A Little History of Religion

2016LITTLEH_SE

 

Spoken Word

St Andrew’s & St George’s West, George St

Venue 111

7.30 pm

15 August ONLY

 

Mary Woodward

 

Richard Holloway, ex-Chairman of the Scottish Arts Council, patron of LGBT Youth Scotland, and one-time Bishop of Edinburgh, is a man of many parts.  His life-long obsession with what people call religion has made him constantly question the nature of the universe, the meaning of everything, why and how we live our lives as we do, and how to make sense of our experiences of ‘Other’, which some would call ‘god’.

 

This evening Richard was talking about his latest book “A Little History of Religion”.  Yale University Press invited him to contribute to their series introducing major topics [religion, literature, science] to a target audience of older children and first year college students.   As he said “I knew one corner of the religious territory very well, and relished the opportunity to look at the rest.”   It’s a vast field, and Richard’s aim was not to produce a gigantic tome outlining everything that could be said, but to produce a guide which gave some basic factual and unbiased information.   He set himself the task “to try to learn two things about each religion to help him understand it”, focusing on its theology, not its “cultic practices”; and as he added, there are pictures to make it nice…

 

He discussed the writing process: a writer can research the facts, but then needs to find metaphors and analogies to help the reader understand the ideas being talked about.   As one who scribbles a bit, I found it comforting to hear such a prolific author explain that, after doing the research, you have to trust the process, let go of trying to control it, and “something will come through”.  Prophets saw visions and heard voices: these days we tend to medicate such people, but there is the beginning of realising that this is not necessarily the way forward either!  Prophets have a lot in kin with writers and artists – great art is created from the ideas that appear, who knows how, in the artist’s head…

 

Religion is about stories, the stories we tell ourselves to try and make sense of our world.  Richard’s aim in this book is to “let the stories speak”.   His greatest strength is his ability to explain complex ideas and concepts simply and intelligibly: for example, giving a clear and simple outline of the seemingly contradictory nature of the Tao, which seems to speak in riddles.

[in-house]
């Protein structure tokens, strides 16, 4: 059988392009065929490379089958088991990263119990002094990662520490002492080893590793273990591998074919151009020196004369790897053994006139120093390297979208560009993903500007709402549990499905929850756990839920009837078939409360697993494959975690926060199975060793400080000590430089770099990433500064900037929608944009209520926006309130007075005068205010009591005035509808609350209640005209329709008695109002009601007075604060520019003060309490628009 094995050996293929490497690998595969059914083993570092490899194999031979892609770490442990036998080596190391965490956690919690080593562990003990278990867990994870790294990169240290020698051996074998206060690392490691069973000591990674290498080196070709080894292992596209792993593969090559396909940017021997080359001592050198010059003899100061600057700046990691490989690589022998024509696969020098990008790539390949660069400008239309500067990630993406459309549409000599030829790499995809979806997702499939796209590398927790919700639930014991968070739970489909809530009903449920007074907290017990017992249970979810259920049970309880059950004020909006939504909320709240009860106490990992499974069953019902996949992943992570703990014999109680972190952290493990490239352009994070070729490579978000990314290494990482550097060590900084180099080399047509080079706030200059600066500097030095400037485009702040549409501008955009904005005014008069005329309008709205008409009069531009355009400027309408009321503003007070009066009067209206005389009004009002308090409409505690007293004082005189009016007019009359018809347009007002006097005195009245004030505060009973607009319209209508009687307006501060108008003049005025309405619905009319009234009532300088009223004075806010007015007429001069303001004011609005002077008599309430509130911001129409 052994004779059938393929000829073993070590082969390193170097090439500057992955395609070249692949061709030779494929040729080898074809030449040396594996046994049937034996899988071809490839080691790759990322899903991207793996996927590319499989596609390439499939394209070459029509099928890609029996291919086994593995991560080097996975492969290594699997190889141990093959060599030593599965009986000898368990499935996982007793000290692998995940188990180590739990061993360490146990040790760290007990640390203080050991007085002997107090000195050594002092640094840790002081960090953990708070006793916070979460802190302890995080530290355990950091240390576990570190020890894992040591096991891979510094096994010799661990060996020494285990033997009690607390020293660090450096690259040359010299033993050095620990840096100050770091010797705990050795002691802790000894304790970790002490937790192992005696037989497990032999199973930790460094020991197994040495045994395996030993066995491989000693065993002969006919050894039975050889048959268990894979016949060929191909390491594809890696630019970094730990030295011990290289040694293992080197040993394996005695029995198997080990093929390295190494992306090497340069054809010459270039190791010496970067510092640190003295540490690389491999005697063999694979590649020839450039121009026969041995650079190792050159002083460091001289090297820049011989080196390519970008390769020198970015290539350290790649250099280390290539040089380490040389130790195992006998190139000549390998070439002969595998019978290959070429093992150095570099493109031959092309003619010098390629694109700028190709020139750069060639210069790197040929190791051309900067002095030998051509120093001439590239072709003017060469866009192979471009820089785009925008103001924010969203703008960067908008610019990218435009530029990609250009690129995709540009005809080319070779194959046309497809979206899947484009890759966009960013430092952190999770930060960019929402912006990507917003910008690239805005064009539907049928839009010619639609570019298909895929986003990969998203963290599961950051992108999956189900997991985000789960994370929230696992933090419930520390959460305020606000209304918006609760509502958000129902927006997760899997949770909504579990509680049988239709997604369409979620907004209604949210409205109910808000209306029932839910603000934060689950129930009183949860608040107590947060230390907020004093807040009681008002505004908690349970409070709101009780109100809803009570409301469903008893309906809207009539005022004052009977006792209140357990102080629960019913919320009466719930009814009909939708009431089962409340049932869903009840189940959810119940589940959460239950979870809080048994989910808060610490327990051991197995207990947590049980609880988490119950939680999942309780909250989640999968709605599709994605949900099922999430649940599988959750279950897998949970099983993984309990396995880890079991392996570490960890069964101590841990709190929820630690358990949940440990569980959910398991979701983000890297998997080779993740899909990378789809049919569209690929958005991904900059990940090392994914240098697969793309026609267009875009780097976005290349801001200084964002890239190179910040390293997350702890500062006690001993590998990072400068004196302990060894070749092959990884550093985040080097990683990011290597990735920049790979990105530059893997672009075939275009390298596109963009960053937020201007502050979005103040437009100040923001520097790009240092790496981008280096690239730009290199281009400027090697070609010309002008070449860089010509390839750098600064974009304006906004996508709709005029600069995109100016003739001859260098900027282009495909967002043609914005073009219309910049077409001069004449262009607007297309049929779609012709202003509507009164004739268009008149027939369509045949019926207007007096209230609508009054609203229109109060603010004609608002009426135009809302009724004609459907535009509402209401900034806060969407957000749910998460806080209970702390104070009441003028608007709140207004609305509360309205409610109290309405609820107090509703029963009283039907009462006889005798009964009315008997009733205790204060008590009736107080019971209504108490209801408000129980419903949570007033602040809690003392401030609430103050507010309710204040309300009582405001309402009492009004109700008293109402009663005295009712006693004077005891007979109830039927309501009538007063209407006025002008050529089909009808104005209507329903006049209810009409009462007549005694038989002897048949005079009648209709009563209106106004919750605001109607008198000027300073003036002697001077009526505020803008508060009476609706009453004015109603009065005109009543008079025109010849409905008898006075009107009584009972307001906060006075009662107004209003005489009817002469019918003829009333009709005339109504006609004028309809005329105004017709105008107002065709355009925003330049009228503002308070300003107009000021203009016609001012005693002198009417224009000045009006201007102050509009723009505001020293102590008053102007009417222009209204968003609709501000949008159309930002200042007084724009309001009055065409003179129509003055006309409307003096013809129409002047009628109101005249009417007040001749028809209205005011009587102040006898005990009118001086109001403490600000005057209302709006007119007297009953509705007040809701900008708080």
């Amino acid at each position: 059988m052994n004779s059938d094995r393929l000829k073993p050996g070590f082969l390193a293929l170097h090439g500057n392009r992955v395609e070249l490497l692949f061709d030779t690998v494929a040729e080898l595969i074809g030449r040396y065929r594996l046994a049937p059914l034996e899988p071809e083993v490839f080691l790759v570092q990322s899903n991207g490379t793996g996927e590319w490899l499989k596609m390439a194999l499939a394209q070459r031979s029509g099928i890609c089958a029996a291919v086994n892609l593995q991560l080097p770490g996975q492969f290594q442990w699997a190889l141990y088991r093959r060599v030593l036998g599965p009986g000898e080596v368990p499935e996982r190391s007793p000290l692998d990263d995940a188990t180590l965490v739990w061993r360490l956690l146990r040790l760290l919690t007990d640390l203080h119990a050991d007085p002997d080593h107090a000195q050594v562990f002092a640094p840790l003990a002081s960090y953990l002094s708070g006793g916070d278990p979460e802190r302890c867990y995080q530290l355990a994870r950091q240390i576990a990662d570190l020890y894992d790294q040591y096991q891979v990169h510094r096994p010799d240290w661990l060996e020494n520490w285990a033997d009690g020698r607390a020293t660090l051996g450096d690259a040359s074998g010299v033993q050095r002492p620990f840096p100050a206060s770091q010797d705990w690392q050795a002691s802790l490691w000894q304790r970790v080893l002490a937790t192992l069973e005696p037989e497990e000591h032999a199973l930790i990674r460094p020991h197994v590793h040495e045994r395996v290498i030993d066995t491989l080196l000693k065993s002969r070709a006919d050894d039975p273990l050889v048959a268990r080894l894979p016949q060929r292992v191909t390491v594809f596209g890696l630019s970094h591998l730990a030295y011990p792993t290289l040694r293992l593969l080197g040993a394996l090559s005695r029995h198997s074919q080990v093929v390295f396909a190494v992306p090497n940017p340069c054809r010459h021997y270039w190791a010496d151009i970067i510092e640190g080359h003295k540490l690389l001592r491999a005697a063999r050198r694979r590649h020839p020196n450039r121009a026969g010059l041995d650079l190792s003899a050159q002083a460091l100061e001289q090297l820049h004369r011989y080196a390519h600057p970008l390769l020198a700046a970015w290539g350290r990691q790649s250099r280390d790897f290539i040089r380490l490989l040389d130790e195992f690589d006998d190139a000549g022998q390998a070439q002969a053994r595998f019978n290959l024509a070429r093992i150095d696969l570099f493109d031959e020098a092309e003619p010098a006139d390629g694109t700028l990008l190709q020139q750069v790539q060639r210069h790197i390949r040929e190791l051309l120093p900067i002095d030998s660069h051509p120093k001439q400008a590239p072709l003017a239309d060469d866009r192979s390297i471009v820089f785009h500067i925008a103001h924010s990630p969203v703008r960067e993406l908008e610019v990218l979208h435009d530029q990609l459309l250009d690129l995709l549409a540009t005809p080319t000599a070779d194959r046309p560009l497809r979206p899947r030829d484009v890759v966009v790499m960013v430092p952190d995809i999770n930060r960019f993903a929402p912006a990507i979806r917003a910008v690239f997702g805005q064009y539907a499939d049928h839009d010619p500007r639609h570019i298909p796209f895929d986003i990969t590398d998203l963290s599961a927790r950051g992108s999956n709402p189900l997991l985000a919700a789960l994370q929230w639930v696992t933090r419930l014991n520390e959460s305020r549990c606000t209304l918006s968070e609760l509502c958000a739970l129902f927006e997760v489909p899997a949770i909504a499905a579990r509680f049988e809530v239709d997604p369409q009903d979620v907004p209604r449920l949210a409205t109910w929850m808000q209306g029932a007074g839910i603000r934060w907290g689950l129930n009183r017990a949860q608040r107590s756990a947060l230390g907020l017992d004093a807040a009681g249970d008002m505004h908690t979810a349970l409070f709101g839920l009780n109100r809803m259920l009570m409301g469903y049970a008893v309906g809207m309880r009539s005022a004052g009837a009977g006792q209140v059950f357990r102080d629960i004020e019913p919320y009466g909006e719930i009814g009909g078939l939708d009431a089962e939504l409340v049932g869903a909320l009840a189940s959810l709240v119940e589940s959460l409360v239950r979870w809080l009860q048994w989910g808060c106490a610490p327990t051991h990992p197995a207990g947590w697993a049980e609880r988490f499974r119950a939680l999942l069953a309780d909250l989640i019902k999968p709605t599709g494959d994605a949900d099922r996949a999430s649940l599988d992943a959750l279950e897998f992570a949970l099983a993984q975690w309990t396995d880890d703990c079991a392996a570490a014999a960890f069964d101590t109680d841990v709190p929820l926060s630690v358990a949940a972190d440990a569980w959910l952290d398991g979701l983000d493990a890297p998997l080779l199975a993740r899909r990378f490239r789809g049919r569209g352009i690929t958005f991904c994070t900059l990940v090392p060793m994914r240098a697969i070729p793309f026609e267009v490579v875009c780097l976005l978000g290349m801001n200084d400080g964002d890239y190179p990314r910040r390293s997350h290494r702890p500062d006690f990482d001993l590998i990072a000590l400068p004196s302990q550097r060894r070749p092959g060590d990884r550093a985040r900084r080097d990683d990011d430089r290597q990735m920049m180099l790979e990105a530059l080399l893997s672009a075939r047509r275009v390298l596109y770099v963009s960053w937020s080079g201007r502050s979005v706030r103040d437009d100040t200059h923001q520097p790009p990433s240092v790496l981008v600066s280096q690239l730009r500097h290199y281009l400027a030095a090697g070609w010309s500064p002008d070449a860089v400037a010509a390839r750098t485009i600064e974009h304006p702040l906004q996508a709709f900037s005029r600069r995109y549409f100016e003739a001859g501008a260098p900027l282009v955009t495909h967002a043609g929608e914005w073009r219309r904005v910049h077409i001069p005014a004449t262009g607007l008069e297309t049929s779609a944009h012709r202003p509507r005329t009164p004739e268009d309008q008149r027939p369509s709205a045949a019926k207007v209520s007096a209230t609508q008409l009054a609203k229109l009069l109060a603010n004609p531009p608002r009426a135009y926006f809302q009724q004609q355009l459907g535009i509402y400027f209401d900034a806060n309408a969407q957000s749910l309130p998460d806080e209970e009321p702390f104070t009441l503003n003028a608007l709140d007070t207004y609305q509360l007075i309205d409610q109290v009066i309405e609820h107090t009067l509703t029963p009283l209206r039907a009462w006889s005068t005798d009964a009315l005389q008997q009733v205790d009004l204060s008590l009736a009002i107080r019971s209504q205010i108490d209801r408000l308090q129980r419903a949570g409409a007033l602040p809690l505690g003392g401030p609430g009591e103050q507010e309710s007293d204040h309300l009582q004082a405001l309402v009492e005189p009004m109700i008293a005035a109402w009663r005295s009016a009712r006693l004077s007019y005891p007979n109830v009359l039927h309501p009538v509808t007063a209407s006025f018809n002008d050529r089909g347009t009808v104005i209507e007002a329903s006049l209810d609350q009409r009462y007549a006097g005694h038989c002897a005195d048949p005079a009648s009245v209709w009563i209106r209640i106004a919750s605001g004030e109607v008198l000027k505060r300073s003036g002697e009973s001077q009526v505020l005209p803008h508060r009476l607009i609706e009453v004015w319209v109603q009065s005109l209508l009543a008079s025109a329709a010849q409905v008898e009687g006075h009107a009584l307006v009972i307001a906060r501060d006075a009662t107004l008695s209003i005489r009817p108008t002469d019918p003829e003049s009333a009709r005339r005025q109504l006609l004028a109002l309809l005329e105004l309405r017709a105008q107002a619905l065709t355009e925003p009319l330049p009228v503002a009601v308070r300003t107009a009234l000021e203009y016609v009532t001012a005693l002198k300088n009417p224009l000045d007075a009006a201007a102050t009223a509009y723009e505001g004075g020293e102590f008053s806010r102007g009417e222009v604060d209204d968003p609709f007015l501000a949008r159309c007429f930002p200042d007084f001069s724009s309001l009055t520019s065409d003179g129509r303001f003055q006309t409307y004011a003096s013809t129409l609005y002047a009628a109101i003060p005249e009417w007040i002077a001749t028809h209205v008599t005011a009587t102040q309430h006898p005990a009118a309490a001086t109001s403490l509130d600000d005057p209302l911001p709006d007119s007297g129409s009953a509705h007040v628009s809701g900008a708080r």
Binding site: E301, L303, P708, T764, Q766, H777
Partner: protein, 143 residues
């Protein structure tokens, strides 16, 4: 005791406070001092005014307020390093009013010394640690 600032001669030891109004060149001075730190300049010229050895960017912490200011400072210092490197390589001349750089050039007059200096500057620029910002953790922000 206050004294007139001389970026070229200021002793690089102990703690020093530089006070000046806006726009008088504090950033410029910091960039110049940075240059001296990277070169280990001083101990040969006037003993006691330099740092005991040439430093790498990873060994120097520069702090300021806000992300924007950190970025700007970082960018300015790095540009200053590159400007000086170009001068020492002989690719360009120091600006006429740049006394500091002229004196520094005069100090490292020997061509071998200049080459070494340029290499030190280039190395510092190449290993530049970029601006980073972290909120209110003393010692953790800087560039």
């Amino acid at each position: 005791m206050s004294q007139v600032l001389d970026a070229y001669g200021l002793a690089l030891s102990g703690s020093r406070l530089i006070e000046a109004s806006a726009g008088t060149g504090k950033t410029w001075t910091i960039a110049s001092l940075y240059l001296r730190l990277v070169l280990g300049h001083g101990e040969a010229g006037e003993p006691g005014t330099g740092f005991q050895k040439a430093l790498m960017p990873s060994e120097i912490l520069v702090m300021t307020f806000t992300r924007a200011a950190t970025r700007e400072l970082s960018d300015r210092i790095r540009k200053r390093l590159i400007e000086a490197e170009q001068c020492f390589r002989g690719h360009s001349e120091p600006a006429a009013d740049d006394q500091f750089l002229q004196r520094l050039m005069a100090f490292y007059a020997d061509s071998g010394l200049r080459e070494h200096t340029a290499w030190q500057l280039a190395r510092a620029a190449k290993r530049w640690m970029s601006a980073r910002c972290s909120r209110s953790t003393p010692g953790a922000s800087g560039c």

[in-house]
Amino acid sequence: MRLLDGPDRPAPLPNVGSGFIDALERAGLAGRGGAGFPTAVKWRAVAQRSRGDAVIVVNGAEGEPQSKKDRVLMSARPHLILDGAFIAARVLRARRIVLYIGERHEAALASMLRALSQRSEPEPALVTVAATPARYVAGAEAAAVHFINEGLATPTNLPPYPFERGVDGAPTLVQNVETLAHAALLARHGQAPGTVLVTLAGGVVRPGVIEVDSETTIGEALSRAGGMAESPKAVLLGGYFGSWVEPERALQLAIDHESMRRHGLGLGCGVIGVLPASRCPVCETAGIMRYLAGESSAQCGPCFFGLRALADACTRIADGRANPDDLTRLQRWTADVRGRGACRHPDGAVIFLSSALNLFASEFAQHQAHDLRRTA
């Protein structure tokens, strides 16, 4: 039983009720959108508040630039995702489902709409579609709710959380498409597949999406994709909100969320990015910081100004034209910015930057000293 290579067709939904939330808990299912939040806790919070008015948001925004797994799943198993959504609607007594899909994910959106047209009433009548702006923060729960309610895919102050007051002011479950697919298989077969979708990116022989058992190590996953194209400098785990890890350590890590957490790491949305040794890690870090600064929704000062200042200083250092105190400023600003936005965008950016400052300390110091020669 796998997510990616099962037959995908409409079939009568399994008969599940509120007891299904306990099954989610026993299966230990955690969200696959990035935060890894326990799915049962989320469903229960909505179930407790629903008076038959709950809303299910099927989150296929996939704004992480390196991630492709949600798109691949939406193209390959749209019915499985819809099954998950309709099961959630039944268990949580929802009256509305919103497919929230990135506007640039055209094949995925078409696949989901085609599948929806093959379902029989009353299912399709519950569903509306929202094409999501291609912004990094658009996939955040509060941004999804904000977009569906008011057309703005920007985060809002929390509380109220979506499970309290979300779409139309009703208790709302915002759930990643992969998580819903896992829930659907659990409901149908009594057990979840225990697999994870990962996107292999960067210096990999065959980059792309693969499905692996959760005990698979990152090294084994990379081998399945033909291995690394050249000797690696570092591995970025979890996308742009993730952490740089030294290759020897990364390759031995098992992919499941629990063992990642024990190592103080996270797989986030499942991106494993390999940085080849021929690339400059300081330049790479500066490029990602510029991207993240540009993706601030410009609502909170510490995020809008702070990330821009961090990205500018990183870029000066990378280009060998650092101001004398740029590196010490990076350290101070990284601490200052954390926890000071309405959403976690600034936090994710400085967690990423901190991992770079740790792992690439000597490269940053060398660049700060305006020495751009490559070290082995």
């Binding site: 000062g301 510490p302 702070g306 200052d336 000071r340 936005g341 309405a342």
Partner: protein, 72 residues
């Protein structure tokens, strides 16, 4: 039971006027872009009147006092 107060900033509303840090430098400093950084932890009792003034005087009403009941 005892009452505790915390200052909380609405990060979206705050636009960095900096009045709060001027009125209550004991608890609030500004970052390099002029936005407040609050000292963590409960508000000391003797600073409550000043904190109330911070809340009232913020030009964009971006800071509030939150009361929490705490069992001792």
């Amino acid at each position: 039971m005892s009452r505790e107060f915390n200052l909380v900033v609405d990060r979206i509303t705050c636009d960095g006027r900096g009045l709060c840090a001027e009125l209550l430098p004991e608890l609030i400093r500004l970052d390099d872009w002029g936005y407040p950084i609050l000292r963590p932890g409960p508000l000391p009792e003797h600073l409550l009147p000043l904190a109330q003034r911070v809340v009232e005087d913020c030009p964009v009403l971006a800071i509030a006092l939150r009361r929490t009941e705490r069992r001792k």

He is very tolerant about the possibilities of belief: he outlines ideas, and lets you make up your own mind.   He is very clear on a few things, not least the things that are not ok – religions that make people cruel, people who insist on forcing their truth on other people, even to the point of using violence.    He sees as god’s biggest enemy not atheism, but religions that claim to know everything about god.   He is wary of religions when the institution becomes the substitute for God, and when fear of change and resistance to new ideas result in fundamentalism.

 

We only had a chance to hear about a few of the book’s many chapters.  He found Jainism attractive, especially- their insistence on non-violence even in the mind, but fears their diet [only eating fruit which has already fallen from the tree] would be impractical in Scotland.  He uses America as a case study, looking at the change that occurred when Europeans brought their version of religion and destroyed the Native American way of living in harmony with the Earth and all its inhabitants.   Talking of his chapter on secular humanism he mentioned his children’s feel that their children have lost out on many good things by not being brought up in a religious environment – the opportunity to be part of a community where deep thoughts can be voiced, where discussion can take place, and where the idea of agape – selfless love, poured out on ‘the other’ whom we may not know, and with whom we have no obvious connection – gives people the feeling of a moral duty to care for other people instead of solely concentrating on self and those near to us.

 

There were so many fascinating ideas, and so little time to hear about them: other ideas were raised in the questions which followed, and were discussed over the (ooh!) prosecco and canapés afterwards.

 

I had been debating whether to buy this book when I discovered that it has a chapter on Quakers: since I’m one I had to buy it – I can’t wait to see what Richard has to say about us!

 

 

 

 

 

 

 

 

 

 

 

 

 

 

 

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